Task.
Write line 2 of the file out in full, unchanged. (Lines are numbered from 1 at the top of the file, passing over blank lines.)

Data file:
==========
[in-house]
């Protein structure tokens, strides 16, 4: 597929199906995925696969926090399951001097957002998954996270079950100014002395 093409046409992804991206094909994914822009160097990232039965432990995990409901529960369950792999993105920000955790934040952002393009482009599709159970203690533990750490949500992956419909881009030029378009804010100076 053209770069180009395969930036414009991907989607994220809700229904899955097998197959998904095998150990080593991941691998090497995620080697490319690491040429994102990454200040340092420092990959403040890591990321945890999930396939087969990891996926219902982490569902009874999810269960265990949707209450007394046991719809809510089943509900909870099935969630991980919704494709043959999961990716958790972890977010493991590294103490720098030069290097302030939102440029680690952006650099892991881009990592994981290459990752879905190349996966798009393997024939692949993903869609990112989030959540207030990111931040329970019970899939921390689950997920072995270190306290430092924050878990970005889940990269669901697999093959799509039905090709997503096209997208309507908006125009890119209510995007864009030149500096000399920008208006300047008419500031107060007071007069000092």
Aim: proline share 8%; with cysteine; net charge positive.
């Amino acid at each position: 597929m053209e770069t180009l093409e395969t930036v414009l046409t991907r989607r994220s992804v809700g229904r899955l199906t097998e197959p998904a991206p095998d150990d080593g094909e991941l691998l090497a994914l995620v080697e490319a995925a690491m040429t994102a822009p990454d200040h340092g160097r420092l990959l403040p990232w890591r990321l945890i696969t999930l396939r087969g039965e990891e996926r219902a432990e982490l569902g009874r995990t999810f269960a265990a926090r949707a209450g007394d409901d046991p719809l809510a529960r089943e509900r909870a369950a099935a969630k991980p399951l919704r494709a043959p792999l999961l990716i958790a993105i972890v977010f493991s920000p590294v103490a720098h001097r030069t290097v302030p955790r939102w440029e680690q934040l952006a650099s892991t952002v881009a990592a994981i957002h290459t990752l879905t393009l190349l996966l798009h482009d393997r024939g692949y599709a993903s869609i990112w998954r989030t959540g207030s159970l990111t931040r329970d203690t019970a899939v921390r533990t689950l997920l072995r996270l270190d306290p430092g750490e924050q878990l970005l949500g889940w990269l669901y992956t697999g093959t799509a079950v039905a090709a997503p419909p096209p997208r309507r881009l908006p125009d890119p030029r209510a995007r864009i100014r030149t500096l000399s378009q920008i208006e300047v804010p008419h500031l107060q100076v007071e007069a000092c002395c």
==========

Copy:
């Protein structure tokens, strides 16, 4: 597929199906995925696969926090399951001097957002998954996270079950100014002395 093409046409992804991206094909994914822009160097990232039965432990995990409901529960369950792999993105920000955790934040952002393009482009599709159970203690533990750490949500992956419909881009030029378009804010100076 053209770069180009395969930036414009991907989607994220809700229904899955097998197959998904095998150990080593991941691998090497995620080697490319690491040429994102990454200040340092420092990959403040890591990321945890999930396939087969990891996926219902982490569902009874999810269960265990949707209450007394046991719809809510089943509900909870099935969630991980919704494709043959999961990716958790972890977010493991590294103490720098030069290097302030939102440029680690952006650099892991881009990592994981290459990752879905190349996966798009393997024939692949993903869609990112989030959540207030990111931040329970019970899939921390689950997920072995270190306290430092924050878990970005889940990269669901697999093959799509039905090709997503096209997208309507908006125009890119209510995007864009030149500096000399920008208006300047008419500031107060007071007069000092």